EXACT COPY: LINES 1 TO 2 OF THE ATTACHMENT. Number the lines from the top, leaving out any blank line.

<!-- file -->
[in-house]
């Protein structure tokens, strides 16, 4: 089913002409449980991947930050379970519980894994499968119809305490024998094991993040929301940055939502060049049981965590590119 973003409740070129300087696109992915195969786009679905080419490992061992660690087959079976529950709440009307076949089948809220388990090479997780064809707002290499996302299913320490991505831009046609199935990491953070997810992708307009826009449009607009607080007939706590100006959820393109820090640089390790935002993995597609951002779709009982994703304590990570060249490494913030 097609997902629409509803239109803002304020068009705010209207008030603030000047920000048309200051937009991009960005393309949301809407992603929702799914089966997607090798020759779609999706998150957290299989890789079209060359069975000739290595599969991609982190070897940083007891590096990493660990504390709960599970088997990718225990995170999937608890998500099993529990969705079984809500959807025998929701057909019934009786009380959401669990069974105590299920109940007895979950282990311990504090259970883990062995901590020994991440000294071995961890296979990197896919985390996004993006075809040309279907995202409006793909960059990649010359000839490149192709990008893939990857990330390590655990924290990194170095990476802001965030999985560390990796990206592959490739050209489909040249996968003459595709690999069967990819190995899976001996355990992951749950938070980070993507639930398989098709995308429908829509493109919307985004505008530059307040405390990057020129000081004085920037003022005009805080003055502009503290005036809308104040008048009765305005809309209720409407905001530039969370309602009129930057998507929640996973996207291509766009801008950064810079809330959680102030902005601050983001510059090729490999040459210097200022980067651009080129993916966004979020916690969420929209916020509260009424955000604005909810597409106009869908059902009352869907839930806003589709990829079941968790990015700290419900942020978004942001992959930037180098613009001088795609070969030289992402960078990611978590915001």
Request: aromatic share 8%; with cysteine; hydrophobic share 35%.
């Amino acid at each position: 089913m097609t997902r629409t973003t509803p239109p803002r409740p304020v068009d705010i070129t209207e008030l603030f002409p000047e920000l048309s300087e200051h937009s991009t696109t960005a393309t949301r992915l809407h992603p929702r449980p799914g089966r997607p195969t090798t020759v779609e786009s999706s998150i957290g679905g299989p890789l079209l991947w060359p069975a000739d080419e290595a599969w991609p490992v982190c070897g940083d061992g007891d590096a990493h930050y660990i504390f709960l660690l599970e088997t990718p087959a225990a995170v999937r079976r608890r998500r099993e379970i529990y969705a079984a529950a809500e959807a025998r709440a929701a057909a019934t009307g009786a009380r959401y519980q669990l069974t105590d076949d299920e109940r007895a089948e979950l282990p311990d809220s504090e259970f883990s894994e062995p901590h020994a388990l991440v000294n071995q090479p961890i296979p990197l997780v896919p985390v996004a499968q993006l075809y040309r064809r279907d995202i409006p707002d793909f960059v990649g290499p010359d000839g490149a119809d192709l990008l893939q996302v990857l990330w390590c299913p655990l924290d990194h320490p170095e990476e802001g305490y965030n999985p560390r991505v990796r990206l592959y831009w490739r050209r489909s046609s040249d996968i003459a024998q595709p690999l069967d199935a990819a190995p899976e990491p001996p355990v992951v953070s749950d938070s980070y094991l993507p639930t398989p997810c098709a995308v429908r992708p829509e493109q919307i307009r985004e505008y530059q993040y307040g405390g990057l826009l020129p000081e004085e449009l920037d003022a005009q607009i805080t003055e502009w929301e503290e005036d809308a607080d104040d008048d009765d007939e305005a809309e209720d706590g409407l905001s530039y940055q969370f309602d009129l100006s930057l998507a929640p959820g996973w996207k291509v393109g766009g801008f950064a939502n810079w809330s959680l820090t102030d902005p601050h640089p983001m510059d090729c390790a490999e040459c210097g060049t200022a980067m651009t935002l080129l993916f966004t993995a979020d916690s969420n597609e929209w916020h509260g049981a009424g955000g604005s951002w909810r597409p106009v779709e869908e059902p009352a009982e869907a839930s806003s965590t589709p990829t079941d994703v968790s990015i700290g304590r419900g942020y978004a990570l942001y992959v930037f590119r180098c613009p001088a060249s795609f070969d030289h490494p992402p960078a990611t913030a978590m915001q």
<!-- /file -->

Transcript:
[in-house]
């Protein structure tokens, strides 16, 4: 089913002409449980991947930050379970519980894994499968119809305490024998094991993040929301940055939502060049049981965590590119 973003409740070129300087696109992915195969786009679905080419490992061992660690087959079976529950709440009307076949089948809220388990090479997780064809707002290499996302299913320490991505831009046609199935990491953070997810992708307009826009449009607009607080007939706590100006959820393109820090640089390790935002993995597609951002779709009982994703304590990570060249490494913030 097609997902629409509803239109803002304020068009705010209207008030603030000047920000048309200051937009991009960005393309949301809407992603929702799914089966997607090798020759779609999706998150957290299989890789079209060359069975000739290595599969991609982190070897940083007891590096990493660990504390709960599970088997990718225990995170999937608890998500099993529990969705079984809500959807025998929701057909019934009786009380959401669990069974105590299920109940007895979950282990311990504090259970883990062995901590020994991440000294071995961890296979990197896919985390996004993006075809040309279907995202409006793909960059990649010359000839490149192709990008893939990857990330390590655990924290990194170095990476802001965030999985560390990796990206592959490739050209489909040249996968003459595709690999069967990819190995899976001996355990992951749950938070980070993507639930398989098709995308429908829509493109919307985004505008530059307040405390990057020129000081004085920037003022005009805080003055502009503290005036809308104040008048009765305005809309209720409407905001530039969370309602009129930057998507929640996973996207291509766009801008950064810079809330959680102030902005601050983001510059090729490999040459210097200022980067651009080129993916966004979020916690969420929209916020509260009424955000604005909810597409106009869908059902009352869907839930806003589709990829079941968790990015700290419900942020978004942001992959930037180098613009001088795609070969030289992402960078990611978590915001």